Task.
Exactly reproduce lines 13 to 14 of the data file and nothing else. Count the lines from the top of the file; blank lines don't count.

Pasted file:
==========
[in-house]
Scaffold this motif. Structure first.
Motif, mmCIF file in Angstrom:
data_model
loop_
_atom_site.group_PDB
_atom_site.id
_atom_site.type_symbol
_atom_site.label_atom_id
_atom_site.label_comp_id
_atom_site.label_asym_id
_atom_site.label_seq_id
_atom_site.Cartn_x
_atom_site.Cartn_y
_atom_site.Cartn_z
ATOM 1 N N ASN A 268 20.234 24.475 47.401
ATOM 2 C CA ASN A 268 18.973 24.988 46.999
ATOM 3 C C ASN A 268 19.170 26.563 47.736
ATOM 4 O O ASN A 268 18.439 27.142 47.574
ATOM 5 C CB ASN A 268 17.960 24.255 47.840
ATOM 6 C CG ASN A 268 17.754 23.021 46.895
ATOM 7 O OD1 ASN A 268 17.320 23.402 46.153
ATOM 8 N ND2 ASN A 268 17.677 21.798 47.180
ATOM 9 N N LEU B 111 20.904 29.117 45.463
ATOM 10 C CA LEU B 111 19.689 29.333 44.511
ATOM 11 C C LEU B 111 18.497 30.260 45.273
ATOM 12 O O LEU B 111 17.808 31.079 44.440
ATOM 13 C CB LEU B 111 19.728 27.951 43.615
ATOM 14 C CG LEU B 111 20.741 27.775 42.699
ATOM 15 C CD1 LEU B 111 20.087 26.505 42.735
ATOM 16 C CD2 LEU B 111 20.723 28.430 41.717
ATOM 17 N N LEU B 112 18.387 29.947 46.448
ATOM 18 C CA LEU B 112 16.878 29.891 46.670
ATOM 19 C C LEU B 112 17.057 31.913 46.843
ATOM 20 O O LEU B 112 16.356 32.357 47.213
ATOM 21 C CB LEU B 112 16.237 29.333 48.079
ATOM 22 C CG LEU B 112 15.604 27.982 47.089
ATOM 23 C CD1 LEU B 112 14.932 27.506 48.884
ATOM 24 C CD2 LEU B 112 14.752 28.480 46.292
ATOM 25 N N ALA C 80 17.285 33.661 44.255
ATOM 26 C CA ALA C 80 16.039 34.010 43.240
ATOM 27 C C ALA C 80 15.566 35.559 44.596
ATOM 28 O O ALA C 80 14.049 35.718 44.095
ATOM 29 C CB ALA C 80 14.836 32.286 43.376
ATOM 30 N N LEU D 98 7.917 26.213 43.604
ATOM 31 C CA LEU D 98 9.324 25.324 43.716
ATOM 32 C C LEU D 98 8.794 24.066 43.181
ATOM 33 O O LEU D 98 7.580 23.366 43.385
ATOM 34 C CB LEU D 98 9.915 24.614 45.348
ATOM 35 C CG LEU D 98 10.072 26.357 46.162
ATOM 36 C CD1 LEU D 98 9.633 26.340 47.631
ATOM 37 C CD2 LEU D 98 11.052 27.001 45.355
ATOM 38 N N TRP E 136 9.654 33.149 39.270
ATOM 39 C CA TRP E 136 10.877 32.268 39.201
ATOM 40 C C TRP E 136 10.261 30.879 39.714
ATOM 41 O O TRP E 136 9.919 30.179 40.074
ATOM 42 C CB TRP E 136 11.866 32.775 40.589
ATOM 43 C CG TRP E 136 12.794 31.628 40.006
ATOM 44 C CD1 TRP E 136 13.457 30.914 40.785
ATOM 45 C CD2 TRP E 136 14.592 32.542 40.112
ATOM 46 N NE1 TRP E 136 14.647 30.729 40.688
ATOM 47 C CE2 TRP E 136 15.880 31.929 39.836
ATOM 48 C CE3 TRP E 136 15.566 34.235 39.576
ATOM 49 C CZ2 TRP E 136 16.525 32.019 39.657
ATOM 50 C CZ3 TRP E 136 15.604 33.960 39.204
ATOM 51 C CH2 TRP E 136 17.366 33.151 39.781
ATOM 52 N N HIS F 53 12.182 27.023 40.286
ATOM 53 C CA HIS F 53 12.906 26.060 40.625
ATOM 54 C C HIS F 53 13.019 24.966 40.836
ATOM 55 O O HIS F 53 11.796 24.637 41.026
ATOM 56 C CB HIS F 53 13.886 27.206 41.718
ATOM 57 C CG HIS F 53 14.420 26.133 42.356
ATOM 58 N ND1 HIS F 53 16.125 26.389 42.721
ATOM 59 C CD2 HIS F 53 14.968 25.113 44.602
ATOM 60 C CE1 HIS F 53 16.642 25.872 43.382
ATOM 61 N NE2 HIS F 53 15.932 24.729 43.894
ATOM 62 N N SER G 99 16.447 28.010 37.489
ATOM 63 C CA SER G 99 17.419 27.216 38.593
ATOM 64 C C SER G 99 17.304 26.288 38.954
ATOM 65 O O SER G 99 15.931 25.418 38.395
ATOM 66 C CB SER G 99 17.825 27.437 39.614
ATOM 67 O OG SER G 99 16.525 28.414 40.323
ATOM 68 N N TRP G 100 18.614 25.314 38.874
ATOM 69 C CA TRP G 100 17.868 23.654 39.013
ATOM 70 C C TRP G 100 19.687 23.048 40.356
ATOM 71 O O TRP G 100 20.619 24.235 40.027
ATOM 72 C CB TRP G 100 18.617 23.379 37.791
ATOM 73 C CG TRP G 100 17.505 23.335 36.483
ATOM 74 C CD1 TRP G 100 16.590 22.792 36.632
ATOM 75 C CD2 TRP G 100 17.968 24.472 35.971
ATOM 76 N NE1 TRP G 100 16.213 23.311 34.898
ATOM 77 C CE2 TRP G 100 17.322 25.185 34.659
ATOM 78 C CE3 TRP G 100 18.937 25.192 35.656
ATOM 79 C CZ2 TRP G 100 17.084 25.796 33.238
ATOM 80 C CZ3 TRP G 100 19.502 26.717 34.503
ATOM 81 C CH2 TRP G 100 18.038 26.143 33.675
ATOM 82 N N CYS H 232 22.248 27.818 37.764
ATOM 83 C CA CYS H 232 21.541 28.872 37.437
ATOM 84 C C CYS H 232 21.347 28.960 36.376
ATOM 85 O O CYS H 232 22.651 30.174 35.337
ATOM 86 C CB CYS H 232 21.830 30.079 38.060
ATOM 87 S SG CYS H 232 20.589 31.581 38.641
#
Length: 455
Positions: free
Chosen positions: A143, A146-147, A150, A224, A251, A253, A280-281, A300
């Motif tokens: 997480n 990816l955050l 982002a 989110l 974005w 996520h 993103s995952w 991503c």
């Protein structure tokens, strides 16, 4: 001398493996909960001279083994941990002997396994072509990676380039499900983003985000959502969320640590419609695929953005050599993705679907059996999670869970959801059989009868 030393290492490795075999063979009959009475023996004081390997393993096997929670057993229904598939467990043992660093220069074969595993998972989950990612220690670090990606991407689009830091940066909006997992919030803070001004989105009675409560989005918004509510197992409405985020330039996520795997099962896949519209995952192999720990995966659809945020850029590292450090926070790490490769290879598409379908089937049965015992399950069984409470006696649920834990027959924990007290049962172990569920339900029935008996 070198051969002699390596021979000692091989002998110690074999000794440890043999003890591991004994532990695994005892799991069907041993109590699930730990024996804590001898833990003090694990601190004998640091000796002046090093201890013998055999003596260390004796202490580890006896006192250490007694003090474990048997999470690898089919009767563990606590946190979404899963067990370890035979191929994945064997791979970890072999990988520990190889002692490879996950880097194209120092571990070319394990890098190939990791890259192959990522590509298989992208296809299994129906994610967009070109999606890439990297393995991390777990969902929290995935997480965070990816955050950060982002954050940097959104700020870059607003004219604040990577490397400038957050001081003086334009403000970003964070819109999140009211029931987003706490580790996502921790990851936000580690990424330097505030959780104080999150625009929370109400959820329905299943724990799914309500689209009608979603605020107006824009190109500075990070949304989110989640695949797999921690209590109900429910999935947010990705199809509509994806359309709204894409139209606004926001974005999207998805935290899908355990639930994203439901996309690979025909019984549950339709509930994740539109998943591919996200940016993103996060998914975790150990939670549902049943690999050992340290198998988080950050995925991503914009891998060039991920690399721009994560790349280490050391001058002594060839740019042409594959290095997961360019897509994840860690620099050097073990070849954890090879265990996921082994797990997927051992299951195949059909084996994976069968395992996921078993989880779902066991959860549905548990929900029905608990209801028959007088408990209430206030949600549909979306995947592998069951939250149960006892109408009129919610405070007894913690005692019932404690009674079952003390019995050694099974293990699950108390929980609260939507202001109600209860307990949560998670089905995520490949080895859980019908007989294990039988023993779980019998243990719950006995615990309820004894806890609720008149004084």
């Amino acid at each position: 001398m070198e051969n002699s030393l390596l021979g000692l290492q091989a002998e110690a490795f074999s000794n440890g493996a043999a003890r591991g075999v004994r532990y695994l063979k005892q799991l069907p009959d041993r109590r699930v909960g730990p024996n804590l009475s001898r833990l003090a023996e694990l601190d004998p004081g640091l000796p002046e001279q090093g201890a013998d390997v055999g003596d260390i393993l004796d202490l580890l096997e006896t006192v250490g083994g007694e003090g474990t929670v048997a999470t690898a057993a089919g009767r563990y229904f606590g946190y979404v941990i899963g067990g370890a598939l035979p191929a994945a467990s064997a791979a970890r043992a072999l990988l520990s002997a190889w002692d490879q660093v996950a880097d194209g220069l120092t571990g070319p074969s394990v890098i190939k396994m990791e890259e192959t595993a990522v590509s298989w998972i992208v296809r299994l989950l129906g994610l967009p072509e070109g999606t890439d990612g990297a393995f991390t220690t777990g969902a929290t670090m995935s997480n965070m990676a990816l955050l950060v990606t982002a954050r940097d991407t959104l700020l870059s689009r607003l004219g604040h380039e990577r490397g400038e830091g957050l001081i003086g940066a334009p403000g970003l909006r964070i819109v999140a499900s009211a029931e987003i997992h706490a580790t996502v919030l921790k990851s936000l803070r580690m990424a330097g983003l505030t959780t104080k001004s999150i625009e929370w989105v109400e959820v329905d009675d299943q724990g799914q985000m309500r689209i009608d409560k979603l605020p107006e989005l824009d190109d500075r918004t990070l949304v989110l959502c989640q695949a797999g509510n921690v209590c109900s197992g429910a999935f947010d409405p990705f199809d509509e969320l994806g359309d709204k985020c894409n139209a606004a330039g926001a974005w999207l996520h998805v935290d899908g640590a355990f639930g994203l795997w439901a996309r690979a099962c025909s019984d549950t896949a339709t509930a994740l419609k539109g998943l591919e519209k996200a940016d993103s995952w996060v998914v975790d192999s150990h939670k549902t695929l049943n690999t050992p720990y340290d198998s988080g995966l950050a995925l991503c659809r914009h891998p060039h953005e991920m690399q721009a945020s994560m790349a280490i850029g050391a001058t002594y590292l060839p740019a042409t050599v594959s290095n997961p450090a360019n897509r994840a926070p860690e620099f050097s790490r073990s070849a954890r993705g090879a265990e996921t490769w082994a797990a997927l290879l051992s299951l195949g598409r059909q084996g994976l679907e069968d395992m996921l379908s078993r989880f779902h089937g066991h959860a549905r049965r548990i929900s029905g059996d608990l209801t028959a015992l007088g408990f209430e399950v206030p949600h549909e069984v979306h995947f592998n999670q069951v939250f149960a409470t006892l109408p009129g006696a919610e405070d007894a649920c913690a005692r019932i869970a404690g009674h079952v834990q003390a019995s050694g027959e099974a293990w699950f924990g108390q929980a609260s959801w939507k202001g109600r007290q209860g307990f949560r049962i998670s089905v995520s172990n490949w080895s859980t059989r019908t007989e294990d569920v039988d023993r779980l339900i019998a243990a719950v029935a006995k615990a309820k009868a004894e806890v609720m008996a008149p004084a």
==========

_atom_site.Cartn_x
_atom_site.Cartn_y